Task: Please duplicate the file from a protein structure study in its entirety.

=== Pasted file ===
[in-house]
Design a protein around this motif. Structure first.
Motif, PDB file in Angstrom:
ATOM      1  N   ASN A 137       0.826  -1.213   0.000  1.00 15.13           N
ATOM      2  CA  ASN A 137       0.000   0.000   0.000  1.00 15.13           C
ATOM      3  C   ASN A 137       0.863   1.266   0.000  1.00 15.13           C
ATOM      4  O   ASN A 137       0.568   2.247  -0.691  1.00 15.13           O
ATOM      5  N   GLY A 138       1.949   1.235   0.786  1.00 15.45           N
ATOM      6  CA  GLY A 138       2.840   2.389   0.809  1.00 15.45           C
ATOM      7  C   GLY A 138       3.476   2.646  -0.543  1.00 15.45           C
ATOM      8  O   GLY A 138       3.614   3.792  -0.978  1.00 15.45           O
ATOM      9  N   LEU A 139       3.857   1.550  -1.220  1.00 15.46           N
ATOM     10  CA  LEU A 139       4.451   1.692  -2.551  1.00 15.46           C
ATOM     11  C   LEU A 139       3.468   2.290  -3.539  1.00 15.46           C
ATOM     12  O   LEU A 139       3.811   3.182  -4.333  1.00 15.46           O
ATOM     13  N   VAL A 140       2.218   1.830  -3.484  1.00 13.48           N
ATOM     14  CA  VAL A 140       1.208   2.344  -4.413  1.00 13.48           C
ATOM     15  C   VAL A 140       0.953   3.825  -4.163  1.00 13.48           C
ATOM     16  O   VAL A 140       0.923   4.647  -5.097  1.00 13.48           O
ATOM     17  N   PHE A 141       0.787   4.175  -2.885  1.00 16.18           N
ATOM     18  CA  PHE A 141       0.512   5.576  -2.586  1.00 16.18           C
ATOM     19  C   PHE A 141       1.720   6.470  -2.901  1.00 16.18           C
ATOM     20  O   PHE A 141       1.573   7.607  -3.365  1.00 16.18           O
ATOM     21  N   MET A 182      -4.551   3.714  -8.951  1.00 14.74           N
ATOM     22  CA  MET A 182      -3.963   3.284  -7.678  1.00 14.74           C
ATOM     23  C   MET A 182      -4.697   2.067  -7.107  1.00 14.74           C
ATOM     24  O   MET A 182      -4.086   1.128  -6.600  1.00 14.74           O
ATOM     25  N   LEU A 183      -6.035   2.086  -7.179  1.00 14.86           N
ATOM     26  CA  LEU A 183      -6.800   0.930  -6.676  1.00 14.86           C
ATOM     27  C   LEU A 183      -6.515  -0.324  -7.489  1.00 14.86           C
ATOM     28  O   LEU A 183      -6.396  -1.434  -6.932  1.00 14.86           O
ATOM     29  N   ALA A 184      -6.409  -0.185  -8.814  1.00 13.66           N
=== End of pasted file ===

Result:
[in-house]
Design a protein around this motif. Structure first.
Motif, PDB file in Angstrom:
ATOM      1  N   ASN A 137       0.826  -1.213   0.000  1.00 15.13           N
ATOM      2  CA  ASN A 137       0.000   0.000   0.000  1.00 15.13           C
ATOM      3  C   ASN A 137       0.863   1.266   0.000  1.00 15.13           C
ATOM      4  O   ASN A 137       0.568   2.247  -0.691  1.00 15.13           O
ATOM      5  N   GLY A 138       1.949   1.235   0.786  1.00 15.45           N
ATOM      6  CA  GLY A 138       2.840   2.389   0.809  1.00 15.45           C
ATOM      7  C   GLY A 138       3.476   2.646  -0.543  1.00 15.45           C
ATOM      8  O   GLY A 138       3.614   3.792  -0.978  1.00 15.45           O
ATOM      9  N   LEU A 139       3.857   1.550  -1.220  1.00 15.46           N
ATOM     10  CA  LEU A 139       4.451   1.692  -2.551  1.00 15.46           C
ATOM     11  C   LEU A 139       3.468   2.290  -3.539  1.00 15.46           C
ATOM     12  O   LEU A 139       3.811   3.182  -4.333  1.00 15.46           O
ATOM     13  N   VAL A 140       2.218   1.830  -3.484  1.00 13.48           N
ATOM     14  CA  VAL A 140       1.208   2.344  -4.413  1.00 13.48           C
ATOM     15  C   VAL A 140       0.953   3.825  -4.163  1.00 13.48           C
ATOM     16  O   VAL A 140       0.923   4.647  -5.097  1.00 13.48           O
ATOM     17  N   PHE A 141       0.787   4.175  -2.885  1.00 16.18           N
ATOM     18  CA  PHE A 141       0.512   5.576  -2.586  1.00 16.18           C
ATOM     19  C   PHE A 141       1.720   6.470  -2.901  1.00 16.18           C
ATOM     20  O   PHE A 141       1.573   7.607  -3.365  1.00 16.18           O
ATOM     21  N   MET A 182      -4.551   3.714  -8.951  1.00 14.74           N
ATOM     22  CA  MET A 182      -3.963   3.284  -7.678  1.00 14.74           C
ATOM     23  C   MET A 182      -4.697   2.067  -7.107  1.00 14.74           C
ATOM     24  O   MET A 182      -4.086   1.128  -6.600  1.00 14.74           O
ATOM     25  N   LEU A 183      -6.035   2.086  -7.179  1.00 14.86           N
ATOM     26  CA  LEU A 183      -6.800   0.930  -6.676  1.00 14.86           C
ATOM     27  C   LEU A 183      -6.515  -0.324  -7.489  1.00 14.86           C
ATOM     28  O   LEU A 183      -6.396  -1.434  -6.932  1.00 14.86           O
ATOM     29  N   ALA A 184      -6.409  -0.185  -8.814  1.00 13.66           N